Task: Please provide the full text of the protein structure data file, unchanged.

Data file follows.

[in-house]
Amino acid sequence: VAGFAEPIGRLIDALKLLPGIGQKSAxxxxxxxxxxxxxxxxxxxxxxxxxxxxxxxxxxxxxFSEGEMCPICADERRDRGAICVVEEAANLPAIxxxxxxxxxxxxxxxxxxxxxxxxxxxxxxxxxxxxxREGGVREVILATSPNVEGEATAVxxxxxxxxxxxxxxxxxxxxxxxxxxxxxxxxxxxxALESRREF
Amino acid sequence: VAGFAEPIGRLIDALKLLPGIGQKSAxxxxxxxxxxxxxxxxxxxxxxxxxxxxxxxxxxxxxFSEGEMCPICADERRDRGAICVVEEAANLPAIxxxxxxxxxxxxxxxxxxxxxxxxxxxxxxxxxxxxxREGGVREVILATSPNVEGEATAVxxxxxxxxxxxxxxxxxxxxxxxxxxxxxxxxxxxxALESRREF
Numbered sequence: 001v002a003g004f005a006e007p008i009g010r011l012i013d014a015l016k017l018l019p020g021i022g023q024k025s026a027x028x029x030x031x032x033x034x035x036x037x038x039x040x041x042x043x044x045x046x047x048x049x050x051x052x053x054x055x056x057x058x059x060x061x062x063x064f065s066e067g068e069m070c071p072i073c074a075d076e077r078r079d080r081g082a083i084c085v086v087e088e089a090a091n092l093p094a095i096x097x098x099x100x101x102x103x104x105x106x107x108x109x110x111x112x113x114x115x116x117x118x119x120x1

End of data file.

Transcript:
[in-house]
Amino acid sequence: VAGFAEPIGRLIDALKLLPGIGQKSAxxxxxxxxxxxxxxxxxxxxxxxxxxxxxxxxxxxxxFSEGEMCPICADERRDRGAICVVEEAANLPAIxxxxxxxxxxxxxxxxxxxxxxxxxxxxxxxxxxxxxREGGVREVILATSPNVEGEATAVxxxxxxxxxxxxxxxxxxxxxxxxxxxxxxxxxxxxALESRREF
Amino acid sequence: VAGFAEPIGRLIDALKLLPGIGQKSAxxxxxxxxxxxxxxxxxxxxxxxxxxxxxxxxxxxxxFSEGEMCPICADERRDRGAICVVEEAANLPAIxxxxxxxxxxxxxxxxxxxxxxxxxxxxxxxxxxxxxREGGVREVILATSPNVEGEATAVxxxxxxxxxxxxxxxxxxxxxxxxxxxxxxxxxxxxALESRREF
Numbered sequence: 001v002a003g004f005a006e007p008i009g010r011l012i013d014a015l016k017l018l019p020g021i022g023q024k025s026a027x028x029x030x031x032x033x034x035x036x037x038x039x040x041x042x043x044x045x046x047x048x049x050x051x052x053x054x055x056x057x058x059x060x061x062x063x064f065s066e067g068e069m070c071p072i073c074a075d076e077r078r079d080r081g082a083i084c085v086v087e088e089a090a091n092l093p094a095i096x097x098x099x100x101x102x103x104x105x106x107x108x109x110x111x112x113x114x115x116x117x118x119x120x1